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Thursday, December 11, 1997 Published at 19:54 GMT


Christmas is rubbish, says Tate
image: [ Eh-oh! Teletubbies are only fit for the dustbin at the Tate ]
Eh-oh! Teletubbies are only fit for the dustbin at the Tate

A dustbin full of rubbish is the Tate's idea of Christmas 1997.

The London gallery, no stranger to controversy with its displays of modern art, has put on "Christmas Tree 1997" as its latest exhibit.

Described as a "deeply moral work", symbolising the massive consumption and waste in modern society, it consists of a damaged Teletubby doll, supermarket bags, drink cans, a pizza box and a dead tree, all stuffed into a red rubbish skip.

The words "Wishing you a Merry Christmas and a Happy New Year" are written on the side and the bin is signed by the artist, Michael Landy.

"I will be giving presents this year but like anyone I feel both positive and sceptical about Christmas," he said, adding that he wanted visitors to appreciate the aftermath of the festive season.

Refuse is very much a part of the 34-year-old's oeuvre. In 1994, his still life composition of a bin full of rubbish at the Karsten Chubert Gallery in London was accidentally thrown away by a cleaner.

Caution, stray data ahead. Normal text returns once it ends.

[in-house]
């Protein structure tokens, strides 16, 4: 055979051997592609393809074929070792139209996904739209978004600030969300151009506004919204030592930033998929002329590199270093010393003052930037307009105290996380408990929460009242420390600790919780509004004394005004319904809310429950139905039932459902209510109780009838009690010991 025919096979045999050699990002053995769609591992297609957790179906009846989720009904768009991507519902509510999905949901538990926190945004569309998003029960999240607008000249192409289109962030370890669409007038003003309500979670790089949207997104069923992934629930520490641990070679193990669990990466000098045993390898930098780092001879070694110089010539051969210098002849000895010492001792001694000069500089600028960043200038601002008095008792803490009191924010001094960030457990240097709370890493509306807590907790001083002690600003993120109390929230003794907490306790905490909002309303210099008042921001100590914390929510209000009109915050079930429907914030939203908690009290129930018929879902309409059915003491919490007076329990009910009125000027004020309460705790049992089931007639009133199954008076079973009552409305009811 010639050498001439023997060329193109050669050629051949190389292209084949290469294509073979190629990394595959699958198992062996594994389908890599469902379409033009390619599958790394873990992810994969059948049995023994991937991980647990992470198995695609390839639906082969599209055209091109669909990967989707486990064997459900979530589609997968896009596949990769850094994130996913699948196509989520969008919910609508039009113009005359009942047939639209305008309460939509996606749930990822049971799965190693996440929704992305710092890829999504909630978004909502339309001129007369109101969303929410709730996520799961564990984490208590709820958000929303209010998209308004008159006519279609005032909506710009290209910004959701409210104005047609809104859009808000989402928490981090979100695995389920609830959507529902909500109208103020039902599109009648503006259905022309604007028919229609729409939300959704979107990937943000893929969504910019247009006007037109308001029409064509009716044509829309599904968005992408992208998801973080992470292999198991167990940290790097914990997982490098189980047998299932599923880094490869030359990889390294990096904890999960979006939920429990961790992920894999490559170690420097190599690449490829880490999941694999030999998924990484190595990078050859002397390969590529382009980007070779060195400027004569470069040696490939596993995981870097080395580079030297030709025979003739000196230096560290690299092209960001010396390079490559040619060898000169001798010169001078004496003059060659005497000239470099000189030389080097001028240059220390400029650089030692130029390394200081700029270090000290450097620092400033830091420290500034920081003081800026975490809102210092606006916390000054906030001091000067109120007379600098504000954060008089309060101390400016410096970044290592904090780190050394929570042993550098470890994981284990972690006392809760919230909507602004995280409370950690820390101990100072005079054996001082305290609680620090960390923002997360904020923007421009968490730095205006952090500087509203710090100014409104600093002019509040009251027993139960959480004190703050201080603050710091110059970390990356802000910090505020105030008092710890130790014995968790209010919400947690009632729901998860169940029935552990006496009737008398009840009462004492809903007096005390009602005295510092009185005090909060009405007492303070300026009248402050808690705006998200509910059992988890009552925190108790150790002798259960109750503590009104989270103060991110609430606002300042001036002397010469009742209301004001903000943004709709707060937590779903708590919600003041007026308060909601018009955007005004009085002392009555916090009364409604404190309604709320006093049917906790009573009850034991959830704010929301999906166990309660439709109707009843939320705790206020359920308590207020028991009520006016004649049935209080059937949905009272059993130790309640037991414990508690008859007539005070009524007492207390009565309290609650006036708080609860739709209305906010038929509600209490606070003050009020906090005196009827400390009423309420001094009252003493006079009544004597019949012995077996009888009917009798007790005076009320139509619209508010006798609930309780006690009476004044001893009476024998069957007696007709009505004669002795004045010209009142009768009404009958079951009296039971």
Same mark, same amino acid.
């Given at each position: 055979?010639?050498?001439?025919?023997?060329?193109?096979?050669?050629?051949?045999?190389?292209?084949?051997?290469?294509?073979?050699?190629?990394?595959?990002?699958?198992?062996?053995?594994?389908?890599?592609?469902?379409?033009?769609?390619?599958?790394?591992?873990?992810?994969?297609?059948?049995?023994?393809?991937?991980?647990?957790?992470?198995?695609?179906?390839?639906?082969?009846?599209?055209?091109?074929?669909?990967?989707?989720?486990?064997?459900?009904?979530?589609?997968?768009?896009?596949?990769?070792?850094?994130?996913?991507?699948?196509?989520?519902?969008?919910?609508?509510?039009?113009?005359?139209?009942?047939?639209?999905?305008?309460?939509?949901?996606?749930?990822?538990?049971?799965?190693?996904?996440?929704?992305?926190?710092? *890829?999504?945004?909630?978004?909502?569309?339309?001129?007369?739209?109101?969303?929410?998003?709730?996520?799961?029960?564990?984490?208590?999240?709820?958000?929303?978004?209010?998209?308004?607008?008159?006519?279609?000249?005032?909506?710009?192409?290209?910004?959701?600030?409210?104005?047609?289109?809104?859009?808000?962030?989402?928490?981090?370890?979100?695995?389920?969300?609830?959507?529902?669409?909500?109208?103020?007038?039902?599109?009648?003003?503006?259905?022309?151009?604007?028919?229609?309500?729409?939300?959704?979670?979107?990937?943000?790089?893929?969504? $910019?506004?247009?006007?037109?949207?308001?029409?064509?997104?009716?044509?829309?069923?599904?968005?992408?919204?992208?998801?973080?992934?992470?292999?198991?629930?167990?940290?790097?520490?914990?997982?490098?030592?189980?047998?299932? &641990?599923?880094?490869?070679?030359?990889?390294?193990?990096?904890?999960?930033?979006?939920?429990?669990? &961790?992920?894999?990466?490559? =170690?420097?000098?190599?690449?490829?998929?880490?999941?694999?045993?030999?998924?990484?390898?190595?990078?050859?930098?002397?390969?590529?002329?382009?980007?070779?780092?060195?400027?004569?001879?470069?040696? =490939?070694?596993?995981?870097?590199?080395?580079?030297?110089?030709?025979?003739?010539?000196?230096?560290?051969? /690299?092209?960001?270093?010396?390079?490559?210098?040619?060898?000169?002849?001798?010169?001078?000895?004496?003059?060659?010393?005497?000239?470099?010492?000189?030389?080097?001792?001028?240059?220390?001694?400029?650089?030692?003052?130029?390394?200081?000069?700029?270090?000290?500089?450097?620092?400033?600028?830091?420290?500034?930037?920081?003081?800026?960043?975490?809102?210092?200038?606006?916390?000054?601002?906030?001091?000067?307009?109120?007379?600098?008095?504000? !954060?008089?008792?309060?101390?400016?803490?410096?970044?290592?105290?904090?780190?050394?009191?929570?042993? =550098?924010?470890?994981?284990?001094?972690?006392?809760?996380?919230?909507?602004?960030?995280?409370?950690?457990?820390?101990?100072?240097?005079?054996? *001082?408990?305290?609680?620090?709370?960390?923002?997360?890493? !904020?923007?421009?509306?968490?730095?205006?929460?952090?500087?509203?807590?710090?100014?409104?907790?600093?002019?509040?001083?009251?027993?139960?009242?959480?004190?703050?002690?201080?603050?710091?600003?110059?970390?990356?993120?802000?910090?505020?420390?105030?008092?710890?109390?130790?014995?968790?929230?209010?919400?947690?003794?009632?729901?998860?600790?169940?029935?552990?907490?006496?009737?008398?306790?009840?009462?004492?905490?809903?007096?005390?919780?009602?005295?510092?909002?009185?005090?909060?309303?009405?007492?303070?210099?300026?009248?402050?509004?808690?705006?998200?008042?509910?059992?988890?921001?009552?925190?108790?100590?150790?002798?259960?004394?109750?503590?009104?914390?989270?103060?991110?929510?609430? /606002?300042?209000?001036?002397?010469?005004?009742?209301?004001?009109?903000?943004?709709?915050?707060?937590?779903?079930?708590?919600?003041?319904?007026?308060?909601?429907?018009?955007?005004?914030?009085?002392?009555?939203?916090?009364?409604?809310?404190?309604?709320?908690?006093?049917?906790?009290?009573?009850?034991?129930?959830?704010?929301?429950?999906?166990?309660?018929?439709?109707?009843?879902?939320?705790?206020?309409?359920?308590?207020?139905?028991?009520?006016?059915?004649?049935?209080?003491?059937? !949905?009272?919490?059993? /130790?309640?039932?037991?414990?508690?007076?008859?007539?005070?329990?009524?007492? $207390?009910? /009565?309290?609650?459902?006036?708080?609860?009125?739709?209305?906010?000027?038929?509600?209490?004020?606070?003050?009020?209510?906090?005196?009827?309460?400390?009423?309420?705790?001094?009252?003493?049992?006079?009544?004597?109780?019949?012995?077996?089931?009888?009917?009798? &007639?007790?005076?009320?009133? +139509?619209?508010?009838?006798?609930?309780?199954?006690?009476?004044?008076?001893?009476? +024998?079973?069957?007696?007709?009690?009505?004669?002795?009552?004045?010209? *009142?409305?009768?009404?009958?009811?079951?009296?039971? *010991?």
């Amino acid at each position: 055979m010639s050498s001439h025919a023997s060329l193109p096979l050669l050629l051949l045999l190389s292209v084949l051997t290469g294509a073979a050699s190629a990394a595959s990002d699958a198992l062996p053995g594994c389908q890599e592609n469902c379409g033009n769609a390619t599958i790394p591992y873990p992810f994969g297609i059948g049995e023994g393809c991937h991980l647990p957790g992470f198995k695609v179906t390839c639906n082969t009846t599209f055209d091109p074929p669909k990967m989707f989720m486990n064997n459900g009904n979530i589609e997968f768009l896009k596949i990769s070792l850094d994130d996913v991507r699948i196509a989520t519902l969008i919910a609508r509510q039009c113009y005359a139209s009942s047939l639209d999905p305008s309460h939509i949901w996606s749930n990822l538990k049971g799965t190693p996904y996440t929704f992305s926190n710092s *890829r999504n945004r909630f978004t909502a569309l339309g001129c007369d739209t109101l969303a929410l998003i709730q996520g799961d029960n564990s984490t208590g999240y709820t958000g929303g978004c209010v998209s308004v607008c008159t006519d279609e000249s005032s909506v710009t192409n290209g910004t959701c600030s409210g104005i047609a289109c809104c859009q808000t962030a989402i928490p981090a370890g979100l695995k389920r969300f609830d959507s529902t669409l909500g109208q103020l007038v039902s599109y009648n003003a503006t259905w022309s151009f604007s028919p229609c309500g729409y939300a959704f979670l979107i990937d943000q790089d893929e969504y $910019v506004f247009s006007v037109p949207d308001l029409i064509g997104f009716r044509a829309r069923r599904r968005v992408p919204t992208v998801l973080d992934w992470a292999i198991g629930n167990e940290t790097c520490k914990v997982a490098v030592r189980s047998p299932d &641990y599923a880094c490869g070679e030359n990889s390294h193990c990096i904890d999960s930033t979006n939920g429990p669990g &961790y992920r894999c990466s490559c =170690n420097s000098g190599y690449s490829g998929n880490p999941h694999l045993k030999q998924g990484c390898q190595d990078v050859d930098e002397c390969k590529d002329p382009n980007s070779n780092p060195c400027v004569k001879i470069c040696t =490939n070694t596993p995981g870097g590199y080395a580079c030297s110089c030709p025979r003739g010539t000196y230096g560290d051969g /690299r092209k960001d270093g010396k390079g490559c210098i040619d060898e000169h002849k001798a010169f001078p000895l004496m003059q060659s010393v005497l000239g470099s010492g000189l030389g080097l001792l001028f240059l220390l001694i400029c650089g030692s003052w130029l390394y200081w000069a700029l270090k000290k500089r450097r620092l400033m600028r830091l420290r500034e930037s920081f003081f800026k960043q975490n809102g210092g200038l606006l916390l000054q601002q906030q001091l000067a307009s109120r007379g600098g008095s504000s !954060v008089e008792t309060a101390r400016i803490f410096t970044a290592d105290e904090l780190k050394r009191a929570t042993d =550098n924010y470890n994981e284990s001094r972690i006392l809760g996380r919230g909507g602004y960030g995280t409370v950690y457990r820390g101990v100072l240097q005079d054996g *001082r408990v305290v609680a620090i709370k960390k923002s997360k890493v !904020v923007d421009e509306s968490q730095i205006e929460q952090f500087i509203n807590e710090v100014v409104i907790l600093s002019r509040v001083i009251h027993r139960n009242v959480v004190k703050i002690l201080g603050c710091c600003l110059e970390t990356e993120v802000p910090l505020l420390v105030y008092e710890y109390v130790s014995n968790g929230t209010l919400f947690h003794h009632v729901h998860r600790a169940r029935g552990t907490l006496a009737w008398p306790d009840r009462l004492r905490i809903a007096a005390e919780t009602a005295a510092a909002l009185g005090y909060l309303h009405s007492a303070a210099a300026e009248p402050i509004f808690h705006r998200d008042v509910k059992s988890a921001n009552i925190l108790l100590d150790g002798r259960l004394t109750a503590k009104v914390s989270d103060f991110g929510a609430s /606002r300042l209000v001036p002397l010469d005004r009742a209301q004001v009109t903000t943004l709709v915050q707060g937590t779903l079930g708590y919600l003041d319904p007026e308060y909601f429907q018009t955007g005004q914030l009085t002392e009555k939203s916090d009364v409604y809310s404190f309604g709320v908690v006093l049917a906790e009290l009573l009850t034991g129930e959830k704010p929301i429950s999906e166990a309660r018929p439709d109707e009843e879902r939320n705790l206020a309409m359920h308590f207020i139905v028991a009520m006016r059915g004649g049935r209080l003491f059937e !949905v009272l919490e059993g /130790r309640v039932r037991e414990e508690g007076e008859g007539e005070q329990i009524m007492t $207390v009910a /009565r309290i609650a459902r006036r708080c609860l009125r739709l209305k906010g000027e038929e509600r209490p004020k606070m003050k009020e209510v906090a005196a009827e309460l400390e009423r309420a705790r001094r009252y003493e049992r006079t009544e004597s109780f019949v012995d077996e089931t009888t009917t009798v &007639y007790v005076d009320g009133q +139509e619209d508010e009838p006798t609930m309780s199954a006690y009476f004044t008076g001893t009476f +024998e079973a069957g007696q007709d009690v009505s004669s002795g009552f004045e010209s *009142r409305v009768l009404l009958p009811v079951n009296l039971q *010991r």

This is the tenth year a tree has been commissioned by the Tate at Christmas. The gallery said parts of the work would be recycled when it is removed from display in the lobby on January 4, but most of it would be thrown away.

Tate Gallery curator of interpretation Simon Wilson said: "It has been very carefully placed together.

"We know that every child is going to make its parents buy a Teletubby and it is a symbol of the mad consumption of some aspects of Christmas and the way children are exploited.

"This kind of work has a place in modern art that goes back to Picasso - he made a series of sculptures in 1914 from scrap wood that he found in the streets. He went on doing that all his life. Making art out of real things is legitimate."


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